Friday, October 12, 2012
YouCat - The Introduction
I usually skip introductions. I don't want to waste time reading about a book when I could spend my time reading the actual book. It's a habit I picked up in college, when my professors demanded that we engage with the text itself without any distractions. We read introductions last, after we'd formed our own opinions and arguments, and we argued with them. So, these days, when I'm not writing papers on everything I read, I seldom read introductions at all.
I made an exception for the YouCat introduction because Pope Benedict wrote it, and I'm sort of a groupie. Also, when YouCat came out, I was skeptical. We had the big catechism, so why did we need a flashy little yellow version with cartoons and pictures? Benedict explains that he wanted a catechism in the 'language of youth.' What does it mean to have a catechism in the 'language of youth?' Does it mean YouCat is dumbed down for the Twitter generation?
Benedict says no. It's more a difference in audience and emphasis. The CCC takes a tone of careful instruction. It's the book you run to, for instance, when your neighbor tries to say that 'personally opposed but publicly enthusiastic' is a totally acceptable position on the wholesale slaughter of unborn children. YouCat is less about arguments and apologetics, and more about answering the eternal questions of youth. “Who am I? Why am I here? What should I do?” For me, at the grand old age of 35, these questions are no longer so pressing. It's pretty clear what God's calling me to do in most situations, and if I forget, there's a short person attached to my leg or hip who will loudly remind me.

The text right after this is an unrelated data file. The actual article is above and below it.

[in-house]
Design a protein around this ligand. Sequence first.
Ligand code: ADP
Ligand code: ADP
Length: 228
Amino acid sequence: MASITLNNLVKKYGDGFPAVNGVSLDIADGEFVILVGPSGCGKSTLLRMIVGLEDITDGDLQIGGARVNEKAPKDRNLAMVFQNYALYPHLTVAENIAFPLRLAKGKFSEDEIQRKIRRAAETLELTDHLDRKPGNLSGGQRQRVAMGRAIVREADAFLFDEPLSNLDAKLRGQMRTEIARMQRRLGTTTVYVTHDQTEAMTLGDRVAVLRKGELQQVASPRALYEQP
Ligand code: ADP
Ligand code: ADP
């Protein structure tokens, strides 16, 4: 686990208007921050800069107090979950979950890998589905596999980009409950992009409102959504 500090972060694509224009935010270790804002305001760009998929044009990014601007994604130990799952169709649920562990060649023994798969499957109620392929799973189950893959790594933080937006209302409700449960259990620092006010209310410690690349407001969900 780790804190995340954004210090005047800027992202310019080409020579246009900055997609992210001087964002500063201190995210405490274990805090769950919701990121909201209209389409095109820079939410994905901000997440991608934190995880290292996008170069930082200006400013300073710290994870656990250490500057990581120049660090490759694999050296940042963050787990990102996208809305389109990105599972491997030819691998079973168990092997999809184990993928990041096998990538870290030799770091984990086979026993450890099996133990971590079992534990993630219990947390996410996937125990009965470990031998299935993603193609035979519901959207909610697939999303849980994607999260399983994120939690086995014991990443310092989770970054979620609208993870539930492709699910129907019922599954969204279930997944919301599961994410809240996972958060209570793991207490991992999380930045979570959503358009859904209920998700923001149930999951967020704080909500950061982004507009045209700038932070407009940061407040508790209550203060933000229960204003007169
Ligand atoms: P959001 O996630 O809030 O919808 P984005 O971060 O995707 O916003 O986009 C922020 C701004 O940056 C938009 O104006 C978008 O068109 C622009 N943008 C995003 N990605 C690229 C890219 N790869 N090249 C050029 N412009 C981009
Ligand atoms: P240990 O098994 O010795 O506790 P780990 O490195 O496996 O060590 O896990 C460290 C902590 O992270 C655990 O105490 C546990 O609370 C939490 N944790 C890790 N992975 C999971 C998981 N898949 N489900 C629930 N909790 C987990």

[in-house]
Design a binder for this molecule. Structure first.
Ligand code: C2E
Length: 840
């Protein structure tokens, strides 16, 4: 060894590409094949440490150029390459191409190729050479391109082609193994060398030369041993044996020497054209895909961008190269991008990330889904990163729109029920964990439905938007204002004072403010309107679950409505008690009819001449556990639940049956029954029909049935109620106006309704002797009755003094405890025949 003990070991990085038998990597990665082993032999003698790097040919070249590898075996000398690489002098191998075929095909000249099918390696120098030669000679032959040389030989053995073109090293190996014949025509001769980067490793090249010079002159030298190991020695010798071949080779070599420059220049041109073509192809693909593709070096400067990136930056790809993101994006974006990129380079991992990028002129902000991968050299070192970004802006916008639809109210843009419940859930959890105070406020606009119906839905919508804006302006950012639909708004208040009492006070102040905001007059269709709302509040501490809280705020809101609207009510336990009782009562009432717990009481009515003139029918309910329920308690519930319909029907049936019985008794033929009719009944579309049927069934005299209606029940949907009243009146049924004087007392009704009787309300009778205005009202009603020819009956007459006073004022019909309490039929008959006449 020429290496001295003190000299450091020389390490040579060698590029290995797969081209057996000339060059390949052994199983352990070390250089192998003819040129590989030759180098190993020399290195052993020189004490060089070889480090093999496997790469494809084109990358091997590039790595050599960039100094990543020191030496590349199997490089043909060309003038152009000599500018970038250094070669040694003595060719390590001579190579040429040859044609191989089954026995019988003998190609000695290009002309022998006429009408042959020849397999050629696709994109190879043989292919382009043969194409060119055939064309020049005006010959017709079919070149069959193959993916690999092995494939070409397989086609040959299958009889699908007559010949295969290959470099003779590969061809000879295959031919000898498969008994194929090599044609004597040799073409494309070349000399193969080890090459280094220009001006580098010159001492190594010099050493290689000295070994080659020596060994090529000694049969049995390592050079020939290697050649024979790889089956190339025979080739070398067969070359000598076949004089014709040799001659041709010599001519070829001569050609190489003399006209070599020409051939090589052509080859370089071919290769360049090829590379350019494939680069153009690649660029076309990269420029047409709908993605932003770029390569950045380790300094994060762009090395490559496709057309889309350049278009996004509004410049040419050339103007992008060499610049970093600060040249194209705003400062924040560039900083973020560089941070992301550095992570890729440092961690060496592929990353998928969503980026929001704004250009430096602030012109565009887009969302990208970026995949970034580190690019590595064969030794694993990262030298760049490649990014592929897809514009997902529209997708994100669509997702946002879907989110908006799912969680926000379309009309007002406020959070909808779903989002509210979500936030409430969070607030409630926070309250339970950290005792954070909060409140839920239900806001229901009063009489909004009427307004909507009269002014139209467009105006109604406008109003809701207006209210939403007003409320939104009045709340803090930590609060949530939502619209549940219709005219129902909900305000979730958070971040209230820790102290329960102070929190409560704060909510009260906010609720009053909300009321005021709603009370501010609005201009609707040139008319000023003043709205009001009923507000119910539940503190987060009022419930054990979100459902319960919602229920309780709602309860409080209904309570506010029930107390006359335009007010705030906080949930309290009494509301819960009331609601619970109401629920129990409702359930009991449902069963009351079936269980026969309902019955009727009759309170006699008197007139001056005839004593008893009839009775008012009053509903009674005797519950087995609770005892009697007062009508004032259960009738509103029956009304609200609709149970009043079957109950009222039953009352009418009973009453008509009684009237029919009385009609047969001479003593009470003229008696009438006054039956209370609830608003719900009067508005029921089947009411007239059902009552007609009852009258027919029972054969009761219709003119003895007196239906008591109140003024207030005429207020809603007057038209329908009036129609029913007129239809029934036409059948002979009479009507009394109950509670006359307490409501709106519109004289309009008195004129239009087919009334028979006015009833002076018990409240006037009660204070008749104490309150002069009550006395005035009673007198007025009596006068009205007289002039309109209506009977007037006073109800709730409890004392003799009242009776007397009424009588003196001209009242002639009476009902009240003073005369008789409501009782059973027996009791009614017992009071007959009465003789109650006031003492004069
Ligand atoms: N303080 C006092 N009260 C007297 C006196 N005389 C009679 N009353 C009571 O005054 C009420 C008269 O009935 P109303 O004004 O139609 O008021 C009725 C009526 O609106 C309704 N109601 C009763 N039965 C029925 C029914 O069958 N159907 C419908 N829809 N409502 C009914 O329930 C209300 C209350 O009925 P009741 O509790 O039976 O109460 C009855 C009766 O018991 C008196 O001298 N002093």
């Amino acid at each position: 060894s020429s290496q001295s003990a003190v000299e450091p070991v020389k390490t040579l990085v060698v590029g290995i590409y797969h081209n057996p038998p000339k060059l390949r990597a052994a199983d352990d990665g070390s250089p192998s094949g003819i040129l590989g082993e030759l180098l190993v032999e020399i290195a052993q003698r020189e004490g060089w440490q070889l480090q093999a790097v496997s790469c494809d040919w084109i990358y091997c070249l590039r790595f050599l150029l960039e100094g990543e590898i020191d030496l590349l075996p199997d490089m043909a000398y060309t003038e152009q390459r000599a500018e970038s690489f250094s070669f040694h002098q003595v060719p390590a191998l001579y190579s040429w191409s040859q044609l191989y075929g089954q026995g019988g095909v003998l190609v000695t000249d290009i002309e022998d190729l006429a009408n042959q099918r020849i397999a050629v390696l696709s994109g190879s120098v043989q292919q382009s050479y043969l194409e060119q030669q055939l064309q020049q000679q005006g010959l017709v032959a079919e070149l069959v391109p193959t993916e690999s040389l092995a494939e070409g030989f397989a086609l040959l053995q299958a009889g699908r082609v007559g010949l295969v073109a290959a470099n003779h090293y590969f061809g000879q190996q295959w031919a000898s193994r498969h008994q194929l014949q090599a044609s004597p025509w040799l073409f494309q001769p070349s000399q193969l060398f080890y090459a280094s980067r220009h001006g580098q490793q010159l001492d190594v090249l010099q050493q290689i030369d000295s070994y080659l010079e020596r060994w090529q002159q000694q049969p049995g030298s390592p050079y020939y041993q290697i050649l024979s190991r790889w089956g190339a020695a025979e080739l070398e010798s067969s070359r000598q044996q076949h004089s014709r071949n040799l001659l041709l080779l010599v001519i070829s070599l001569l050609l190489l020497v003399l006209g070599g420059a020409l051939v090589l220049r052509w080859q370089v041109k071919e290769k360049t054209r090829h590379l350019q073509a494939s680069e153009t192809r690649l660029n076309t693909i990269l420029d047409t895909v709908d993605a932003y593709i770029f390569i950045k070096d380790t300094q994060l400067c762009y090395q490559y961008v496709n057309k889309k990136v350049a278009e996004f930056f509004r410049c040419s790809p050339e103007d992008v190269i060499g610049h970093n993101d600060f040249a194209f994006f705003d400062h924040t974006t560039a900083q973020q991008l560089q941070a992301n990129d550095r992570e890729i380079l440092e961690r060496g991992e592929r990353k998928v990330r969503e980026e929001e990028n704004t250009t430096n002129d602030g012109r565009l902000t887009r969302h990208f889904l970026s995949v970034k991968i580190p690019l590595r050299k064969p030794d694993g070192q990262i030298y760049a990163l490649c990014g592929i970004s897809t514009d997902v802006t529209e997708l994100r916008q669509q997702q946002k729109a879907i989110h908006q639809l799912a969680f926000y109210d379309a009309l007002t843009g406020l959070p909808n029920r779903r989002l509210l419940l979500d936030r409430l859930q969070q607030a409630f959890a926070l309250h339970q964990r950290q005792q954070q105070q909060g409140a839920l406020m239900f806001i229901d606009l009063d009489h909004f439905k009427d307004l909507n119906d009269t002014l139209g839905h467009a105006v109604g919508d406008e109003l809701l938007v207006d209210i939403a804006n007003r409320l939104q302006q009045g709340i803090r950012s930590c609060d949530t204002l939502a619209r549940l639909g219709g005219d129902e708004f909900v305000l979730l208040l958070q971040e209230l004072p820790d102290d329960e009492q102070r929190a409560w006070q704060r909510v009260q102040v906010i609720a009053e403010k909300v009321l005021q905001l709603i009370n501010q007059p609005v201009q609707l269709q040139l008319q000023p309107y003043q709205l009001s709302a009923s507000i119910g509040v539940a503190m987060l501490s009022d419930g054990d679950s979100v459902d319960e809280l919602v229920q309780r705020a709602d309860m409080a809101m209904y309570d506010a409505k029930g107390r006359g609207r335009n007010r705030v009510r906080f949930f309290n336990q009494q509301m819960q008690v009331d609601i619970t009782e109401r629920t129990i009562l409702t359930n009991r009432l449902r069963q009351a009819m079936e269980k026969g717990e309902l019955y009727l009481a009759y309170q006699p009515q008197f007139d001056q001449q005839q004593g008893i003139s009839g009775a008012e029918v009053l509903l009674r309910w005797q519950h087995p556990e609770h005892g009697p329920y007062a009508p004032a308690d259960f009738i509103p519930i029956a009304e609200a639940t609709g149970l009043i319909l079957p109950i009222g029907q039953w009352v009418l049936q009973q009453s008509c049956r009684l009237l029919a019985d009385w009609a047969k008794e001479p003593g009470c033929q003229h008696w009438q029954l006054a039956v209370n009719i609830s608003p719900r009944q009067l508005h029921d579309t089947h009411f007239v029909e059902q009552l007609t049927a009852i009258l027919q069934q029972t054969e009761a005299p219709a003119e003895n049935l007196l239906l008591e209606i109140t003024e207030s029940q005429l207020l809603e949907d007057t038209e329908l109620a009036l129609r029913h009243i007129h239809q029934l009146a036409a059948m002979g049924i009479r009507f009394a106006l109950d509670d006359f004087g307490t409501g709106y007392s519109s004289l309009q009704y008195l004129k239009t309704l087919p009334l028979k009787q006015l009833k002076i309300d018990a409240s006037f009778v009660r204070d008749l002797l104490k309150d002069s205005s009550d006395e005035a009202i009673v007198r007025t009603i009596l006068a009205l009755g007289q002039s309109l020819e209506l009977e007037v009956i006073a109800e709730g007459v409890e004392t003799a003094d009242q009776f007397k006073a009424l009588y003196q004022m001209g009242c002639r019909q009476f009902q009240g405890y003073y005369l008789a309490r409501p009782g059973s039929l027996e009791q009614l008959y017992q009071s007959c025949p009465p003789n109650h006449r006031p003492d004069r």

But I remember what it was like to be 20, full of burning questions, zeal, and dreams, but with no clear direction. YouCat gives direction. Benedict promises that, unlike most items marketed to the coveted 16-25 demographic, YouCat does not aim to please its audience. He promises that the book will reveal our destiny as humans, but that it will also make demands and require its readers to change their lives. YouCat is the voice of God, speaking through the Church, calling the young to repentance and holiness.
YouCat's introduction is worth the read. It explains what Benedict was thinking when he issues this cute little convertible sports car of a catechism, and it gives a glimpse of the power that lurks under the hood. In the introduction, Benedict explodes the modern world's, and especially the post-Vatican II American church's, false dichotomy between passion and knowledge. Over the years, many catechists seem to have lost sight of the fact that in order to love someone and serve them, you first have to know them. YouCat seeks to restore the lost and forgotten knowledge.
It seems a fitting tool to explore the Year of Faith.